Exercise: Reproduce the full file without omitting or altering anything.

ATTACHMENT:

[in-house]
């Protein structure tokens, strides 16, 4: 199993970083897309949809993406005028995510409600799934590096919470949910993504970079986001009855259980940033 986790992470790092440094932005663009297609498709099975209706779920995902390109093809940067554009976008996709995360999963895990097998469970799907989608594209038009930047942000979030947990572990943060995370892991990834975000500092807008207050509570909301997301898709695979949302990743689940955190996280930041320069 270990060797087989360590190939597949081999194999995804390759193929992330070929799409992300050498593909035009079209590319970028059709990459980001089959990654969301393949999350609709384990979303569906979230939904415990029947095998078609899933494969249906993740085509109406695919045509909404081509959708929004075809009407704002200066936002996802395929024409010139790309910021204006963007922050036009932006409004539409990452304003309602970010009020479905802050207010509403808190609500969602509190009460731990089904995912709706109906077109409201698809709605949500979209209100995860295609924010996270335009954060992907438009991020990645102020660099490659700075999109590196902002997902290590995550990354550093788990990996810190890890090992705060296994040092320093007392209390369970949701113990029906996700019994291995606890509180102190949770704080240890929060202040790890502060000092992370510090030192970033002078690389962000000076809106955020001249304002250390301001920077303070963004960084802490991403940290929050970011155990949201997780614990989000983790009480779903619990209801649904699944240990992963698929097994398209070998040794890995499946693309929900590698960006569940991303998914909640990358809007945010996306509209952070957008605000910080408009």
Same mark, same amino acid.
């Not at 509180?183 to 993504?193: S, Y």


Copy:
[in-house]
């Protein structure tokens, strides 16, 4: 199993970083897309949809993406005028995510409600799934590096919470949910993504970079986001009855259980940033 986790992470790092440094932005663009297609498709099975209706779920995902390109093809940067554009976008996709995360999963895990097998469970799907989608594209038009930047942000979030947990572990943060995370892991990834975000500092807008207050509570909301997301898709695979949302990743689940955190996280930041320069 270990060797087989360590190939597949081999194999995804390759193929992330070929799409992300050498593909035009079209590319970028059709990459980001089959990654969301393949999350609709384990979303569906979230939904415990029947095998078609899933494969249906993740085509109406695919045509909404081509959708929004075809009407704002200066936002996802395929024409010139790309910021204006963007922050036009932006409004539409990452304003309602970010009020479905802050207010509403808190609500969602509190009460731990089904995912709706109906077109409201698809709605949500979209209100995860295609924010996270335009954060992907438009991020990645102020660099490659700075999109590196902002997902290590995550990354550093788990990996810190890890090992705060296994040092320093007392209390369970949701113990029906996700019994291995606890509180102190949770704080240890929060202040790890502060000092992370510090030192970033002078690389962000000076809106955020001249304002250390301001920077303070963004960084802490991403940290929050970011155990949201997780614990989000983790009480779903619990209801649904699944240990992963698929097994398209070998040794890995499946693309929900590698960006569940991303998914909640990358809007945010996306509209952070957008605000910080408009």
Same mark, same amino acid.
């Not at 509180?183 to 993504?193: S, Y």